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Anglican, apostate or agnostic: How religious is San Francisco?

Adrianne Steichen (right), lead architect on the proposed Irving Street affordable housing complex, said she was in attendance to listen to the concerns of the neighborhood.

The holiday season is a time for gift exchanges, mulled wine and twinkling lights—but it’s also a time of year rooted in spiritual traditions and religious gatherings across the country.  

Though San Francisco’s holiday-time offerings reflect the spiritual diversity of its residents, the city is perhaps better known for its counterculture undercurrents and infamous cults than its traditional religious zeal. And SF has long been called a haven for religious “nones”—those who have no spiritual or religious affiliation, and who far outnumber the number of nuns in SF. 

New data from the U.S. Religious Census (not affiliated with the federal Census Bureau) suggests that the face of San Francisco’s religious community has changed in the last ten years, reflecting shifts in the city’s population and broader American views on spirituality.  

To start, San Francisco has consistently clocked in as one of the most religiously unaffiliated metro areas in the United States. Data from the Religious Census, the Pew Research Center and other research bodies consistently report SF as a city with high spiritual diversity, but not nearly that many adherents.  

Though the total number of religious adherents both nationwide and in SF has increased since 1990, the percentage of San Francisco’s population who say they follow a particular faith has steadily declined over the past 30 years, dropping to just 35% of the population in 2020. 

San Francisco doesn’t have a reputation for religiosity, especially when compared with the rest of the country.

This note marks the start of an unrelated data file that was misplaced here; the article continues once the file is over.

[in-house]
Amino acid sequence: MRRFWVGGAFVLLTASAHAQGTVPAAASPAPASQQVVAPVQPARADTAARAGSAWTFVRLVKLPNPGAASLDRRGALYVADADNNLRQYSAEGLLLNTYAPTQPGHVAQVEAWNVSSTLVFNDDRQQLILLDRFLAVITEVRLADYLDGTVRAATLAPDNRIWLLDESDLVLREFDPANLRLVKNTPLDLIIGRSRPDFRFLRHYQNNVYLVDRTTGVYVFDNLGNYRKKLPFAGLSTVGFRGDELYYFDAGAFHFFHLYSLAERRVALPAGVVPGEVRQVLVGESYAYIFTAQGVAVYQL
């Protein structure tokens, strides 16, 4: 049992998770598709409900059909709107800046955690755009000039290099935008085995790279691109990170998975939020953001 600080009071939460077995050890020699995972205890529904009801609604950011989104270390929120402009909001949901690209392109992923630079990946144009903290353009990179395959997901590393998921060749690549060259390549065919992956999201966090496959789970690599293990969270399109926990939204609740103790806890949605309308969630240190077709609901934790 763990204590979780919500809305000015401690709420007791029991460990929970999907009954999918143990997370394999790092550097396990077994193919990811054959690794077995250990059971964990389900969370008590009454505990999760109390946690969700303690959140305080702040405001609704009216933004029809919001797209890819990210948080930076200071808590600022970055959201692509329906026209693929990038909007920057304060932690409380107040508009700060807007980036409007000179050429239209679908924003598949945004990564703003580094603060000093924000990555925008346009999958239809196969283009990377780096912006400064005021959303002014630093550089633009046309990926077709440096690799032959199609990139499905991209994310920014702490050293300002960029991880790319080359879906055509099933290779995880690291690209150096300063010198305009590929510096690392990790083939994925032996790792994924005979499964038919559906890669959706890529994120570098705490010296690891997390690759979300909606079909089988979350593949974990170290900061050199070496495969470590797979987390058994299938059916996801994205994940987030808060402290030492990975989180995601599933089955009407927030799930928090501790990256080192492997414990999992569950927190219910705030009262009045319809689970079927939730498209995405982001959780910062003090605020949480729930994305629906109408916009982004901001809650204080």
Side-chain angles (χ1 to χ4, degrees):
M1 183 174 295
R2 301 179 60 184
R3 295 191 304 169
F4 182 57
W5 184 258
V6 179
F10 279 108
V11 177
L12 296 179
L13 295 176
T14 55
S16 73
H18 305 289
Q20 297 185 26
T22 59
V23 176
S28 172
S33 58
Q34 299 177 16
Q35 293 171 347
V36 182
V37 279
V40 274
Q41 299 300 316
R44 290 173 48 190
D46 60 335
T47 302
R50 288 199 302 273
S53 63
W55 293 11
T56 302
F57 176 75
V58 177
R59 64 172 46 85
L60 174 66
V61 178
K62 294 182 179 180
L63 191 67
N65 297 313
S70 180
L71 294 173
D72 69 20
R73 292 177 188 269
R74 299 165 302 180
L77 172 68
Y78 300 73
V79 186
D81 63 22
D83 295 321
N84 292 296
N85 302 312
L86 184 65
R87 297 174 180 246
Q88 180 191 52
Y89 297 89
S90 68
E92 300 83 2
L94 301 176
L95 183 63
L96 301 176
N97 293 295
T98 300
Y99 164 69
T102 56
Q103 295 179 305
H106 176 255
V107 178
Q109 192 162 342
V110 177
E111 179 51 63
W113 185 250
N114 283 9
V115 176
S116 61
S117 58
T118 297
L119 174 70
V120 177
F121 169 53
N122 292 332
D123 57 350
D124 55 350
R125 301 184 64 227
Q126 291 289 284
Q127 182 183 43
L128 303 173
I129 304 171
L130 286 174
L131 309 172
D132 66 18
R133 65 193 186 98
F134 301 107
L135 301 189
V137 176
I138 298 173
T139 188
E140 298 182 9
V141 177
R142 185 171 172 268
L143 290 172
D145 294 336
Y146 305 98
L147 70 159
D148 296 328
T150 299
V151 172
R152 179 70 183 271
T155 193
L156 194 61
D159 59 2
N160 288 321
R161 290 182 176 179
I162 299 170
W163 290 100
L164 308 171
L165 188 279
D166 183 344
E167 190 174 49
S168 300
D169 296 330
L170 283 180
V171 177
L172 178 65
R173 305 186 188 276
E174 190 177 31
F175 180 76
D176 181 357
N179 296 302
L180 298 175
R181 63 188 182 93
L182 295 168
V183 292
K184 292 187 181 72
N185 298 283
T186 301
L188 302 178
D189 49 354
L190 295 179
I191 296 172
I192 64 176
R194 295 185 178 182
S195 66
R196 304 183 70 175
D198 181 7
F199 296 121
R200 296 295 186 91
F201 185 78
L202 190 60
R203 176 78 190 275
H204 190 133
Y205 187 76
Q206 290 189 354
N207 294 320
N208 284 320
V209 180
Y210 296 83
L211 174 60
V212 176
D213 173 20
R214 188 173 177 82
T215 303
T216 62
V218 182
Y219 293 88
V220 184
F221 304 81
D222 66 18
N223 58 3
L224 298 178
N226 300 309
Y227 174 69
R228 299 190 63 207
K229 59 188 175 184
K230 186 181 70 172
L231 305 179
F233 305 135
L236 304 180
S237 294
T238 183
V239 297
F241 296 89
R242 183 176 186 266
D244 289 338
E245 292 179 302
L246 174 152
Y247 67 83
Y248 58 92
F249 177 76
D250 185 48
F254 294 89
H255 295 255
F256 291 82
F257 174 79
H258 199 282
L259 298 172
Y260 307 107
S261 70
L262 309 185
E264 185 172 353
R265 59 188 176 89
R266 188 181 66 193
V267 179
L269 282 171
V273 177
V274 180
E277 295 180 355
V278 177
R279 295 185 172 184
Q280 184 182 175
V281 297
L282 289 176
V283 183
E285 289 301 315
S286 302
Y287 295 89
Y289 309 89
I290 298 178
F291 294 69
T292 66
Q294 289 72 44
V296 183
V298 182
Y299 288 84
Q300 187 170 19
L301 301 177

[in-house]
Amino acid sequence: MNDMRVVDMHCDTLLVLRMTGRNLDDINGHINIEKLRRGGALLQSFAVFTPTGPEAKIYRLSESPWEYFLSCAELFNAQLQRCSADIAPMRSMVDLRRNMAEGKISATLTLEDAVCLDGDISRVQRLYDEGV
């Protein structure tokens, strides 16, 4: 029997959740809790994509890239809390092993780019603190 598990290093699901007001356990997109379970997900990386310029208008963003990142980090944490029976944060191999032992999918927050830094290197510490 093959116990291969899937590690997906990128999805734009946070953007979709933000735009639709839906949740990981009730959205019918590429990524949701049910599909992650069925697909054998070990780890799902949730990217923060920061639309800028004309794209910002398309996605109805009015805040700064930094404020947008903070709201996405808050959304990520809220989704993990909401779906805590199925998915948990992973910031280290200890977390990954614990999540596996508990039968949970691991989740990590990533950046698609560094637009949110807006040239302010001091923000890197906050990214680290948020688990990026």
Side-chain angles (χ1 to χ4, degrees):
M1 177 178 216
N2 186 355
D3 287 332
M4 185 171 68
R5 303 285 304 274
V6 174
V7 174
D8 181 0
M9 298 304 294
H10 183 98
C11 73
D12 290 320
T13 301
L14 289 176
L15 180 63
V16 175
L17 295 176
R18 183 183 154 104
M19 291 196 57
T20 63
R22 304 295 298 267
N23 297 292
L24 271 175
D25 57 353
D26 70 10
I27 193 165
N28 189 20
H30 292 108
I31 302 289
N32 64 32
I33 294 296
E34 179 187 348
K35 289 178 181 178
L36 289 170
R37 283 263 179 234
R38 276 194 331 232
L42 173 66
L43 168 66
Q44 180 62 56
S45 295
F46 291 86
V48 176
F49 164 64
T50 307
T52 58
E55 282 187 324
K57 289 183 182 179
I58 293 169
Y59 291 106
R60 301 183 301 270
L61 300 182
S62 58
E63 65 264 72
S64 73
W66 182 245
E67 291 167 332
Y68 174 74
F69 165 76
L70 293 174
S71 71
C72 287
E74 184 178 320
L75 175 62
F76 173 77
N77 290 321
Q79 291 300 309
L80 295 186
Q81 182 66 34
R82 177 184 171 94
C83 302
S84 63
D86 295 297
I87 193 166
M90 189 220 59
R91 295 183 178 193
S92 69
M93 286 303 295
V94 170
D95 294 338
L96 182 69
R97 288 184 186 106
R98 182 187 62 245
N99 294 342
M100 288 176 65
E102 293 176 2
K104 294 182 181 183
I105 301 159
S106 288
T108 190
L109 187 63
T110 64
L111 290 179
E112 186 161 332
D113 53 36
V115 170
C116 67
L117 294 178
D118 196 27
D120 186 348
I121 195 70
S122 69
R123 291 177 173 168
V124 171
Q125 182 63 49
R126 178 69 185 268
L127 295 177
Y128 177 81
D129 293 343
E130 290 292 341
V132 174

Overall, San Francisco’s share of residents that adhere to a particular religion has remained below 45% since 1990, roughly 10% below the national average. By comparison, religious adherents comprise over three-fourths of Utah’s population, many of whom are part of the LDS church.  

The religious portion of the population has been on the decline for some years now, both in San Francisco and across the country. The growing number of religious adherents might be attributed to population growth overall, and locally, to SF’s population boom during the 2010s.

Congregations and Religious Groups in SF

Interestingly, San Francisco now has double the number of congregations and places of worship that it did 30 years ago. But per capita, San Francisco’s population boom outpaced the spread of new congregations: The city had 1,631 congregations per capita in 2020, a roughly 32% decline from 1990. 

As for the most popular religion in the Bay? Catholics take the top spot, with over 160,000 adherents in 2020. But with congregations, Buddhists edge out the Catholics, with 55 different Buddhist congregations spread across the city. 

The Association of Statisticians of American Religious Bodies runs a U.S. religious “census” every 10 years, documenting the number of congregations and adherents for a wide range of spiritual traditions. The 2020 version included 372 different faith groups, though a single study cannot comprehensively capture the entire range of SF’s spiritual communities. 

One thing is certain: Most San Franciscans don’t rank religion as something they’re passionate about. When asked about their activities, just 21% of respondents to The Standard’s Fall Voter Poll said they attend a church, temple or another house of worship regularly, compared with 83% of people saying they enjoy going to restaurants and 75% saying they frequent local parks.

A cross above a church stands in the evening sky across the street from the 1100th block of McAllister Street in San Francisco. | Benjamin Fanjoy for The Standard

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